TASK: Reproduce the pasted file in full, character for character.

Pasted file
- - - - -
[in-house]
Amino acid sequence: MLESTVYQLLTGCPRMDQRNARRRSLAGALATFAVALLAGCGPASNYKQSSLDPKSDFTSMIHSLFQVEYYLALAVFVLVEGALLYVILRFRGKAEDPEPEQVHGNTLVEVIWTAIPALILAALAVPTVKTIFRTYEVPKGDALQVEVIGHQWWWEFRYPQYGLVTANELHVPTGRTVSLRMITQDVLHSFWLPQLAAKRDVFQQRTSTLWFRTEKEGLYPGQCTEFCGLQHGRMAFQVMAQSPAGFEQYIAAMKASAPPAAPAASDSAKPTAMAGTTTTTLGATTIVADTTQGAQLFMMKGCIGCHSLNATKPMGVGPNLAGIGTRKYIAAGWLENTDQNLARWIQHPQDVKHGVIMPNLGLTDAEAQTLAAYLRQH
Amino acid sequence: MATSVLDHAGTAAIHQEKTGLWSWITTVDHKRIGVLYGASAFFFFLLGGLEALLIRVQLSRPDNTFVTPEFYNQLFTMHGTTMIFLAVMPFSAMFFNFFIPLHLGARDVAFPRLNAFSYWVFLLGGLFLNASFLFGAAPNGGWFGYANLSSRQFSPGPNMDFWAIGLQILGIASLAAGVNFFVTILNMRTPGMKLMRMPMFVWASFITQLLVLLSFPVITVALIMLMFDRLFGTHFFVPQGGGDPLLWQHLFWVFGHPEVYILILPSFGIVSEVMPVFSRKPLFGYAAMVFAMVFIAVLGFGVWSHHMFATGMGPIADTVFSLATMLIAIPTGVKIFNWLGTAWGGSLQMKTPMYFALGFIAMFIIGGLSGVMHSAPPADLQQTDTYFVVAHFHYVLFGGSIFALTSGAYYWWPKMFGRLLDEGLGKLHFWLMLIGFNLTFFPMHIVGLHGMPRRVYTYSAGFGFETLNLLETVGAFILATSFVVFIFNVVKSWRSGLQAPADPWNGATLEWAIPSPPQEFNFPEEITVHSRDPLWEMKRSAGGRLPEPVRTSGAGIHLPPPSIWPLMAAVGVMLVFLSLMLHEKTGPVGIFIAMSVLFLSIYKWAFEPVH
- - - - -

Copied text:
[in-house]
Amino acid sequence: MLESTVYQLLTGCPRMDQRNARRRSLAGALATFAVALLAGCGPASNYKQSSLDPKSDFTSMIHSLFQVEYYLALAVFVLVEGALLYVILRFRGKAEDPEPEQVHGNTLVEVIWTAIPALILAALAVPTVKTIFRTYEVPKGDALQVEVIGHQWWWEFRYPQYGLVTANELHVPTGRTVSLRMITQDVLHSFWLPQLAAKRDVFQQRTSTLWFRTEKEGLYPGQCTEFCGLQHGRMAFQVMAQSPAGFEQYIAAMKASAPPAAPAASDSAKPTAMAGTTTTTLGATTIVADTTQGAQLFMMKGCIGCHSLNATKPMGVGPNLAGIGTRKYIAAGWLENTDQNLARWIQHPQDVKHGVIMPNLGLTDAEAQTLAAYLRQH
Amino acid sequence: MATSVLDHAGTAAIHQEKTGLWSWITTVDHKRIGVLYGASAFFFFLLGGLEALLIRVQLSRPDNTFVTPEFYNQLFTMHGTTMIFLAVMPFSAMFFNFFIPLHLGARDVAFPRLNAFSYWVFLLGGLFLNASFLFGAAPNGGWFGYANLSSRQFSPGPNMDFWAIGLQILGIASLAAGVNFFVTILNMRTPGMKLMRMPMFVWASFITQLLVLLSFPVITVALIMLMFDRLFGTHFFVPQGGGDPLLWQHLFWVFGHPEVYILILPSFGIVSEVMPVFSRKPLFGYAAMVFAMVFIAVLGFGVWSHHMFATGMGPIADTVFSLATMLIAIPTGVKIFNWLGTAWGGSLQMKTPMYFALGFIAMFIIGGLSGVMHSAPPADLQQTDTYFVVAHFHYVLFGGSIFALTSGAYYWWPKMFGRLLDEGLGKLHFWLMLIGFNLTFFPMHIVGLHGMPRRVYTYSAGFGFETLNLLETVGAFILATSFVVFIFNVVKSWRSGLQAPADPWNGATLEWAIPSPPQEFNFPEEITVHSRDPLWEMKRSAGGRLPEPVRTSGAGIHLPPPSIWPLMAAVGVMLVFLSLMLHEKTGPVGIFIAMSVLFLSIYKWAFEPVH